Led by patient safety organizations such as The Joint Commission, calls for continuous monitoring of non-critical care patients, especially those taking opioids, are consistently growing louder, reports our sister magazine RT.

Remote monitoring for patients with sleep-disordered breathing has long been industry standard. ResMed is wirelessly connected to more than 1.3 million such patients, according to Jeremy Malecha, company vice president, product management of Global Healthcare Informatics.

Through a cloud-based system, ResMed provides several remote monitoring products intended to control healthcare spending, while bringing more efficient care to patients. For instance, with myAir patients can track and manage their own therapy. Malecha explained that the web-based program syncs with the patient’s CPAP machine. Patients see and understand the data, which reinforces treatment compliance, helps develop patient confidence, drives efficiency and streamlines care. “The patient makes a mental shift. This has a direct effect on how the patient engages,” he said. “This could lead to standardized protocols. The benefits are twofold: for the provider and for the patient.”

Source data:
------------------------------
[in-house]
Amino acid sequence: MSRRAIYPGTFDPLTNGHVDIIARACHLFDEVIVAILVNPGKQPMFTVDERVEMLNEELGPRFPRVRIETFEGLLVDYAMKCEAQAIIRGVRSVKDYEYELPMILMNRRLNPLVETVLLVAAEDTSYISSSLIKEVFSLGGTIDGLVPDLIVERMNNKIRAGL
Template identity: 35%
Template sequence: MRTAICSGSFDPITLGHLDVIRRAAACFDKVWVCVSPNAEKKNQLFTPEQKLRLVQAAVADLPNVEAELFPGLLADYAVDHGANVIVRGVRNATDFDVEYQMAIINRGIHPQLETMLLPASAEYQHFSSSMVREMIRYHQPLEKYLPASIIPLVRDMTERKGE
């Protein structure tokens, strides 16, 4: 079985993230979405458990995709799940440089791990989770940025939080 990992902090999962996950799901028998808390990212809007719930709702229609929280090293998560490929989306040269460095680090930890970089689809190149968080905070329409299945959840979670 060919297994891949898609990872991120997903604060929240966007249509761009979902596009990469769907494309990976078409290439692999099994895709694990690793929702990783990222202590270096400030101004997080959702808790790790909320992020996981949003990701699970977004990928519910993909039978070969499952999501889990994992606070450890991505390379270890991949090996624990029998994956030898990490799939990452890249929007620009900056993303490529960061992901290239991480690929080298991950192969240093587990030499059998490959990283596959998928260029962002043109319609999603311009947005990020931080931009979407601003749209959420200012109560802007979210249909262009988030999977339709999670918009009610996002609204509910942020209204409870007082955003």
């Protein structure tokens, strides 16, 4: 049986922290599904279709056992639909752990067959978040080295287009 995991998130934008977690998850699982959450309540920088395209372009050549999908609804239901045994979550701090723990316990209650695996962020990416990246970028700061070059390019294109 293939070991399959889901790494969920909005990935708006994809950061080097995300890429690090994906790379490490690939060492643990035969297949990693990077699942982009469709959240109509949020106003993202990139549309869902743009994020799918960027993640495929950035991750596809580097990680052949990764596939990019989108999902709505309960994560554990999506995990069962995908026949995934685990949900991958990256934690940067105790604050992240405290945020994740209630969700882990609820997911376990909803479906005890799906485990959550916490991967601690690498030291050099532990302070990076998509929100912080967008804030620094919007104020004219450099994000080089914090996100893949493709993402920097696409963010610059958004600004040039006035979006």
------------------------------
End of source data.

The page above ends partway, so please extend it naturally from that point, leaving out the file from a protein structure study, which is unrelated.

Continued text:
A study4 published in Sleep and Breathing examined standard of care versus monitoring via telehealth messaging in patients newly diagnosed with obstructive sleep apnea (OSA) and found the latter group to have similar compliance and efficacy as the former, but showed reduced coaching requirements.